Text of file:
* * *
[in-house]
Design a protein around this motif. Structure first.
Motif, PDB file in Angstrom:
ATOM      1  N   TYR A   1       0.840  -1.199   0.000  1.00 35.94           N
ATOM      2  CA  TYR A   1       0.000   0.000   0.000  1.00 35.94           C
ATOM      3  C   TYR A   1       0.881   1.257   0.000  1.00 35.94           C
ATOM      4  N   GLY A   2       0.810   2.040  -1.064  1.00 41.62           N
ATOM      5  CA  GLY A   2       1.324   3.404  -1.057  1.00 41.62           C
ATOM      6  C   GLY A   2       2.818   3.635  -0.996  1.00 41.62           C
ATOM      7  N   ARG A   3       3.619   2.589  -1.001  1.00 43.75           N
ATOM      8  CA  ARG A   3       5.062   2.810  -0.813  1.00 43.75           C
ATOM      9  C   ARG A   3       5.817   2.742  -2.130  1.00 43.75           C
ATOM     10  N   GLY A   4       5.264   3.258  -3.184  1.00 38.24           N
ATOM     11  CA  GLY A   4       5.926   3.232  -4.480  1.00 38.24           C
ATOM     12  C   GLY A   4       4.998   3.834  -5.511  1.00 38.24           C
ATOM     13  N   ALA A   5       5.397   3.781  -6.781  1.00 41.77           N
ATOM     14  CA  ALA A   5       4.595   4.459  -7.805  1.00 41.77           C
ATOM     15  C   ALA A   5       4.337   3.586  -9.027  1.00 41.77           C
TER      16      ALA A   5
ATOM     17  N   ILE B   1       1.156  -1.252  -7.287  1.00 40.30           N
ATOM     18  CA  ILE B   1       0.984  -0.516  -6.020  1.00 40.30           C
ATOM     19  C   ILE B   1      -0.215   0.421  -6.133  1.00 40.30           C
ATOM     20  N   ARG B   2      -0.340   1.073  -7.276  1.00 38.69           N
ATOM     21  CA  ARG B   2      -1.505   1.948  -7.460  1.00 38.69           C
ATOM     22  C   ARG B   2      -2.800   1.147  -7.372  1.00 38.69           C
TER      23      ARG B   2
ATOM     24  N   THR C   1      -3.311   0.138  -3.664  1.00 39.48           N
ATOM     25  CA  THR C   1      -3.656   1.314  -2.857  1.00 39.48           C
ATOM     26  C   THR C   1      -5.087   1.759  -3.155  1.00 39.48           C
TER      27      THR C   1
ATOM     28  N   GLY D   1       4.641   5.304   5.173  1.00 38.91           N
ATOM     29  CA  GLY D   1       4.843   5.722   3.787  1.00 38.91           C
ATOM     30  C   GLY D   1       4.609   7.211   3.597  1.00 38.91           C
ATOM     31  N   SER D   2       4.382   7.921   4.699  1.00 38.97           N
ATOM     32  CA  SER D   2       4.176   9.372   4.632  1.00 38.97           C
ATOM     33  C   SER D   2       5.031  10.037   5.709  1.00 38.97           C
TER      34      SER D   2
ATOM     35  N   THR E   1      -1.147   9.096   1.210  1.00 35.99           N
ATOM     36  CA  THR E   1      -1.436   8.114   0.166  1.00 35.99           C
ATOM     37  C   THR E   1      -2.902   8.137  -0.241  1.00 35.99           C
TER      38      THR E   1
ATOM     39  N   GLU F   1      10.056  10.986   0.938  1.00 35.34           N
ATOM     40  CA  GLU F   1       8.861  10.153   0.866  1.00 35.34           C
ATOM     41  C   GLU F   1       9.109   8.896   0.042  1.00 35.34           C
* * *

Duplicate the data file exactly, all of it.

[in-house]
Design a protein around this motif. Structure first.
Motif, PDB file in Angstrom:
ATOM      1  N   TYR A   1       0.840  -1.199   0.000  1.00 35.94           N
ATOM      2  CA  TYR A   1       0.000   0.000   0.000  1.00 35.94           C
ATOM      3  C   TYR A   1       0.881   1.257   0.000  1.00 35.94           C
ATOM      4  N   GLY A   2       0.810   2.040  -1.064  1.00 41.62           N
ATOM      5  CA  GLY A   2       1.324   3.404  -1.057  1.00 41.62           C
ATOM      6  C   GLY A   2       2.818   3.635  -0.996  1.00 41.62           C
ATOM      7  N   ARG A   3       3.619   2.589  -1.001  1.00 43.75           N
ATOM      8  CA  ARG A   3       5.062   2.810  -0.813  1.00 43.75           C
ATOM      9  C   ARG A   3       5.817   2.742  -2.130  1.00 43.75           C
ATOM     10  N   GLY A   4       5.264   3.258  -3.184  1.00 38.24           N
ATOM     11  CA  GLY A   4       5.926   3.232  -4.480  1.00 38.24           C
ATOM     12  C   GLY A   4       4.998   3.834  -5.511  1.00 38.24           C
ATOM     13  N   ALA A   5       5.397   3.781  -6.781  1.00 41.77           N
ATOM     14  CA  ALA A   5       4.595   4.459  -7.805  1.00 41.77           C
ATOM     15  C   ALA A   5       4.337   3.586  -9.027  1.00 41.77           C
TER      16      ALA A   5
ATOM     17  N   ILE B   1       1.156  -1.252  -7.287  1.00 40.30           N
ATOM     18  CA  ILE B   1       0.984  -0.516  -6.020  1.00 40.30           C
ATOM     19  C   ILE B   1      -0.215   0.421  -6.133  1.00 40.30           C
ATOM     20  N   ARG B   2      -0.340   1.073  -7.276  1.00 38.69           N
ATOM     21  CA  ARG B   2      -1.505   1.948  -7.460  1.00 38.69           C
ATOM     22  C   ARG B   2      -2.800   1.147  -7.372  1.00 38.69           C
TER      23      ARG B   2
ATOM     24  N   THR C   1      -3.311   0.138  -3.664  1.00 39.48           N
ATOM     25  CA  THR C   1      -3.656   1.314  -2.857  1.00 39.48           C
ATOM     26  C   THR C   1      -5.087   1.759  -3.155  1.00 39.48           C
TER      27      THR C   1
ATOM     28  N   GLY D   1       4.641   5.304   5.173  1.00 38.91           N
ATOM     29  CA  GLY D   1       4.843   5.722   3.787  1.00 38.91           C
ATOM     30  C   GLY D   1       4.609   7.211   3.597  1.00 38.91           C
ATOM     31  N   SER D   2       4.382   7.921   4.699  1.00 38.97           N
ATOM     32  CA  SER D   2       4.176   9.372   4.632  1.00 38.97           C
ATOM     33  C   SER D   2       5.031  10.037   5.709  1.00 38.97           C
TER      34      SER D   2
ATOM     35  N   THR E   1      -1.147   9.096   1.210  1.00 35.99           N
ATOM     36  CA  THR E   1      -1.436   8.114   0.166  1.00 35.99           C
ATOM     37  C   THR E   1      -2.902   8.137  -0.241  1.00 35.99           C
TER      38      THR E   1
ATOM     39  N   GLU F   1      10.056  10.986   0.938  1.00 35.34           N
ATOM     40  CA  GLU F   1       8.861  10.153   0.866  1.00 35.34           C
ATOM     41  C   GLU F   1       9.109   8.896   0.042  1.00 35.34           C